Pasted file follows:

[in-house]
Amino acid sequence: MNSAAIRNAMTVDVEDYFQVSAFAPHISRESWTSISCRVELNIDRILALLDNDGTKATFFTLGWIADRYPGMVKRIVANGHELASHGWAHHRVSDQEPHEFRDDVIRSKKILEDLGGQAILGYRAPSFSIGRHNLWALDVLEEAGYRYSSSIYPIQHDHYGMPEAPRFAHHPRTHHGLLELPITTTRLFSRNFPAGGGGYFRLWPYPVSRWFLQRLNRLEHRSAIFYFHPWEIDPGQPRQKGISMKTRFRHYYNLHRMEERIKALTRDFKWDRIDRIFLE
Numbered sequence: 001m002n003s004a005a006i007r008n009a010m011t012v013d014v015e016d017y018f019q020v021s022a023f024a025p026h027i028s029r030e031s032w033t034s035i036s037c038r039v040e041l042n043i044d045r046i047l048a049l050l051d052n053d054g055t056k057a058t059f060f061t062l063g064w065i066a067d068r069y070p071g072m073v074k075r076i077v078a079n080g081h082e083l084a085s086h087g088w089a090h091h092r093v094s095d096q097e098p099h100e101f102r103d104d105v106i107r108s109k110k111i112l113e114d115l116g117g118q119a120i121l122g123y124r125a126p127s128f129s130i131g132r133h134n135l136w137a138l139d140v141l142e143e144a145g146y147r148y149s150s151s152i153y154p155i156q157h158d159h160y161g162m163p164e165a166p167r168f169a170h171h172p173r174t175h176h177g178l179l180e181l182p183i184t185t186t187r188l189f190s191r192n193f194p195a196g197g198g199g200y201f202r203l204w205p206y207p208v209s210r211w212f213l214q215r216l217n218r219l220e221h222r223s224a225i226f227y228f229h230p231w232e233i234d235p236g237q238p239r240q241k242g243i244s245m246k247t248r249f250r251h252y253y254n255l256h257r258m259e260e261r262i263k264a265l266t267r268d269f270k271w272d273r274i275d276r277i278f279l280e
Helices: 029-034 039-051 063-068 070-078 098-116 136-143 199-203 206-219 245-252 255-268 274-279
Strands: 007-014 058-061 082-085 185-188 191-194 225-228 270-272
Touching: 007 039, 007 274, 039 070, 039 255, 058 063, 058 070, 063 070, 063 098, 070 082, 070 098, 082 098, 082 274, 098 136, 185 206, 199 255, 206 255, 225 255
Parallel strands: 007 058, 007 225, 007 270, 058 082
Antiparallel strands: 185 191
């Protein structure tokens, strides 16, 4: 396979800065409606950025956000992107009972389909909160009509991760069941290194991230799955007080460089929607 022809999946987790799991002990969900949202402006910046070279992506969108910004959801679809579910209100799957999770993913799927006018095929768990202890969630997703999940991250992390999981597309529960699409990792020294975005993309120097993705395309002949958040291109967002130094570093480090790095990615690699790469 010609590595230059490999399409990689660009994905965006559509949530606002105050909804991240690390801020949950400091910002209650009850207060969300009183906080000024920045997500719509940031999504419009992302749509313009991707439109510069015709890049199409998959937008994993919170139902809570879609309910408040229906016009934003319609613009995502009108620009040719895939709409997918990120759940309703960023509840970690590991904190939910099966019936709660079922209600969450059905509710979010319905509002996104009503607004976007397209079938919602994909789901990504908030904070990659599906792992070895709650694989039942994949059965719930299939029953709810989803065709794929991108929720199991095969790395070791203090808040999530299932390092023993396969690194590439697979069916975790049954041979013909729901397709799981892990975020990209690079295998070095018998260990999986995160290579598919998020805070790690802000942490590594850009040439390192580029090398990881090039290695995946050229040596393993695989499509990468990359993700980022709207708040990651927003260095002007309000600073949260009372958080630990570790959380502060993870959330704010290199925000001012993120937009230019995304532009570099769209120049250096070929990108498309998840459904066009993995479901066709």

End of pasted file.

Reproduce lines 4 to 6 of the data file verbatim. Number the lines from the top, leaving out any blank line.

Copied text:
Helices: 029-034 039-051 063-068 070-078 098-116 136-143 199-203 206-219 245-252 255-268 274-279
Strands: 007-014 058-061 082-085 185-188 191-194 225-228 270-272
Touching: 007 039, 007 274, 039 070, 039 255, 058 063, 058 070, 063 070, 063 098, 070 082, 070 098, 082 098, 082 274, 098 136, 185 206, 199 255, 206 255, 225 255